When I was in high school I would skip my classes and sneak into the dark room and actually hide underneath the enlarger table and watch everyone doing it and learn that way. I’d skip the next class when I knew no one was in there and just print.
My mother is a photographer, my grandfather is a photographer, my great grandfather was a photographer, and my great-great grandfather was a photographer when photography was new. And they all did self-portraits. I have these incredible photos from the 1880s of my great-great grandfather, who was a naturalist, taking photos of himself with a raccoon on one shoulder and a bird in his hand. They’re such fucking nutty photos. It’s really cool.
Do you prefer working in one medium over another?
It’s a very funny thing. I feel like my generation is a generation that is actually allowed to do all these different things. People used to just say you were scattered. I threw a bunch of balls in the air that I all love doing and they all got caught at the same time. Instead of one falling, they’re all going up at different speeds. I love directing. I think when I’m older that’s what I’ll solely be focused on.
How do you like living in Bed-Stuy, which is a predominantly Caribbean neighborhood?
I love the people. I love the general energy. I know all my neighbors. You go to the deli and you say hi to everybody. People are very embracing of each other in the neighborhood and want to continue that bond and not create division.
There was a coffee shop across the street that was all about that. The owners who had lived here for years, built this outdoor coffee shop where people could just get together. And then somebody burned the place down. It was really fucking upsetting. That day the owners were upset and crying. Everybody who lived on the street sat on their stoops together, crying in solidarity. There was so much love. Everyone pitched in and we all went over there and helped clean it up. That’s a rare thing.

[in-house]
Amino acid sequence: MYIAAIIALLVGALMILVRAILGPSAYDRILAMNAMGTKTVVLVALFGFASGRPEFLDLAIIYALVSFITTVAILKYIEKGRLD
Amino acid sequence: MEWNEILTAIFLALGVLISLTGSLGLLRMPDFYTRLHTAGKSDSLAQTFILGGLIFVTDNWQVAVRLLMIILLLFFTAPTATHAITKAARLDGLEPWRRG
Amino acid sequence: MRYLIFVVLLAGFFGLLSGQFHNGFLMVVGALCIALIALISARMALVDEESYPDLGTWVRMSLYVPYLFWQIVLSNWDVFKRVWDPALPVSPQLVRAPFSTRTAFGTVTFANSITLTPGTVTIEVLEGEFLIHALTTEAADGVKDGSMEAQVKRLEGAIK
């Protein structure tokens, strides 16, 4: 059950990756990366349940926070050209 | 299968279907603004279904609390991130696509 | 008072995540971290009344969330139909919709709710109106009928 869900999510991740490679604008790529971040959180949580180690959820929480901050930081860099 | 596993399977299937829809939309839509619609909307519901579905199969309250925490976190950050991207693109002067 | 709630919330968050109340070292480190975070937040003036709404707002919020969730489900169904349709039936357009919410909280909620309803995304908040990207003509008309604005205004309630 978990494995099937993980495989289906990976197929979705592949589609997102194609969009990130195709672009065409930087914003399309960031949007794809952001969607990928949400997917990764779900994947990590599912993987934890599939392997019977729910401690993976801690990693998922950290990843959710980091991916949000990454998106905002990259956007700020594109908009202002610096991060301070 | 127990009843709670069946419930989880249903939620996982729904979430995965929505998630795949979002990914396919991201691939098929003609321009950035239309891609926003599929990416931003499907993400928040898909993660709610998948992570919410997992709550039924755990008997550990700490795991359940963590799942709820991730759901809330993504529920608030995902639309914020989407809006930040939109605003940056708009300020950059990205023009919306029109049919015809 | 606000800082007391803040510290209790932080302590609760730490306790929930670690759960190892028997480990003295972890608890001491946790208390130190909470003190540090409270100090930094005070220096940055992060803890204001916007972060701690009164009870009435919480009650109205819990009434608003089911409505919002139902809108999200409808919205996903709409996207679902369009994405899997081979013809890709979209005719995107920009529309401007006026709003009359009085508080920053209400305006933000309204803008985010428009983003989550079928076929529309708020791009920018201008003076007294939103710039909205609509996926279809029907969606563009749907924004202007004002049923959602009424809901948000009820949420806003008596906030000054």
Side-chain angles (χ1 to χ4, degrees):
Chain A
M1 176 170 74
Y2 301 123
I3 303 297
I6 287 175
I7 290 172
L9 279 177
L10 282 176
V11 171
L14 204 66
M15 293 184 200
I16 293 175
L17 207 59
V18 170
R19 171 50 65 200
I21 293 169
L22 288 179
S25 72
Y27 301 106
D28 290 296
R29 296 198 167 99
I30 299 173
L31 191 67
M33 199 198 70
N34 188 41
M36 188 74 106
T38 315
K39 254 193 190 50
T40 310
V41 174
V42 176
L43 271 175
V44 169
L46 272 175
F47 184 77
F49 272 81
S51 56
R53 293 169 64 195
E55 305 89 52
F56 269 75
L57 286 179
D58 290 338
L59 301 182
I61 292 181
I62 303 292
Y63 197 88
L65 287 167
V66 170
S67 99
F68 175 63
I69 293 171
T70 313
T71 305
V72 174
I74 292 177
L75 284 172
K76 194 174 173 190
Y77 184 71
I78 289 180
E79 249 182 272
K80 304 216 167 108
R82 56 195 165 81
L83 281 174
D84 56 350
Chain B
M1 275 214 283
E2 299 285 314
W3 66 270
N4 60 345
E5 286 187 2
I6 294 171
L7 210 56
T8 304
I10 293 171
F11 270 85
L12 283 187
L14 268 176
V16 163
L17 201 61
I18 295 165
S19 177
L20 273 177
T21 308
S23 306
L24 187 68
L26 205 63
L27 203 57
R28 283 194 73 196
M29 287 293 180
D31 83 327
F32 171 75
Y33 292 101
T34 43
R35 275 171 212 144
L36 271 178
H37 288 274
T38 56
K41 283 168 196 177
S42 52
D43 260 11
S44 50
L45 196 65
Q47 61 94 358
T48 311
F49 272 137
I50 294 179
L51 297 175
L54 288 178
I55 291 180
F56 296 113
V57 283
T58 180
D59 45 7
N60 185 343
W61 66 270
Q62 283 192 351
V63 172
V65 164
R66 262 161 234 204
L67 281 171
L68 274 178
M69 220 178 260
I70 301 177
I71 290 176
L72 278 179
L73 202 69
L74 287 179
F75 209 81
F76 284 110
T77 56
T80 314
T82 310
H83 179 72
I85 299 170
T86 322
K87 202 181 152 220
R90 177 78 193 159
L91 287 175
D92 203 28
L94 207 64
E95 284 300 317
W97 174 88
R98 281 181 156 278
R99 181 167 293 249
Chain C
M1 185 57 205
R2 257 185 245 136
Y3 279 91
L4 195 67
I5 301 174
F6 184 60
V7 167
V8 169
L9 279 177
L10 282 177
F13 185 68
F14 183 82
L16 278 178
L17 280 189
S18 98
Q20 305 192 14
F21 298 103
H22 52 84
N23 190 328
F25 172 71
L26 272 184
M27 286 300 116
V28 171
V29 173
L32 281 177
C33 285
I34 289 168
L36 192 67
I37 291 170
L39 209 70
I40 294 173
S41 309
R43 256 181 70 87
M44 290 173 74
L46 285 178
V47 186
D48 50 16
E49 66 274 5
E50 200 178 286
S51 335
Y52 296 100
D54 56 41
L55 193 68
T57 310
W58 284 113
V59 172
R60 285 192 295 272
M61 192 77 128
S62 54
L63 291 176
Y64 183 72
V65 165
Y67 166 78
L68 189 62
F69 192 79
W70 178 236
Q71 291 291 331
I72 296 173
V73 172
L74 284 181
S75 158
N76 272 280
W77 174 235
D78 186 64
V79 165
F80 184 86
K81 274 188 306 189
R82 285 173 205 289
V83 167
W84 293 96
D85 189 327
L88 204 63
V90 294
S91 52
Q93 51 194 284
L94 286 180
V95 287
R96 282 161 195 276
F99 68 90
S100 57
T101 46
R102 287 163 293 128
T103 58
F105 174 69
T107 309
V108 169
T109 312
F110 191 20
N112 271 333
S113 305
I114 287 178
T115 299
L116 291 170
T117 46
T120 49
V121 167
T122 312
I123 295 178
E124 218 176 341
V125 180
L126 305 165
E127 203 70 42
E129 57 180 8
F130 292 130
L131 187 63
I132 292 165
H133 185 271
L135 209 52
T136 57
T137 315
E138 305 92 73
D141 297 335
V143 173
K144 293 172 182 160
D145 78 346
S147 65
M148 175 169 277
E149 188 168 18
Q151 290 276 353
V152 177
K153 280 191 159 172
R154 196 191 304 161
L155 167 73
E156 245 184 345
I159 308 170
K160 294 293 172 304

What attracted you to this space?
I grew up in old houses, filled with details and strange things. My kitchen has tin ceilings, and I remember when I was a kid my mom got into a huge fight with my father. We lived in upstate New York in this cold, enormous, drafty house. As punishment [for this], she decided to tear down the kitchen ceiling because she was convinced there was a tin ceiling two feet above it. I remember my mother and her best friend laughing maniacally with hammers and chisels and fucking dust coming down on us as kids looking up at them, and my father coming in and going, holy shit. Half the ceiling was gone, but there was tin ceiling above it. It was one of the reasons why I took this place. The tin ceiling, to me it is my childhood. It is home. I feel really safe here.
Describe your home’s design aesthetic.
My home is my mother’s home inside the head of a deranged Victorian girl [laughs]. My mother has a very classical Victorian house filled with antiques and beautiful things, but it looks very traditionalist. Me, I’ve always had this screw-loose mentality about things. Instead of just having a sea shell, there’s a sea shell with a broken doll bit and a spool of thread. Everything has gone a little bit wrong. Childhood memories thrown in a blender and spat out the wrong way, that’s my house.
Talking about past lives, I have a lot of visceral connections to objects. One is this gold pocket watch that dates from around 1900. I had always wanted to find one for years, and this one just spoke to me. It’s on my mantelpiece. My mother is an antique dealer so I’ve held thousands of gold pocket watches in my hand. There’s something about this one, probably the way it lingers in my hand for too long.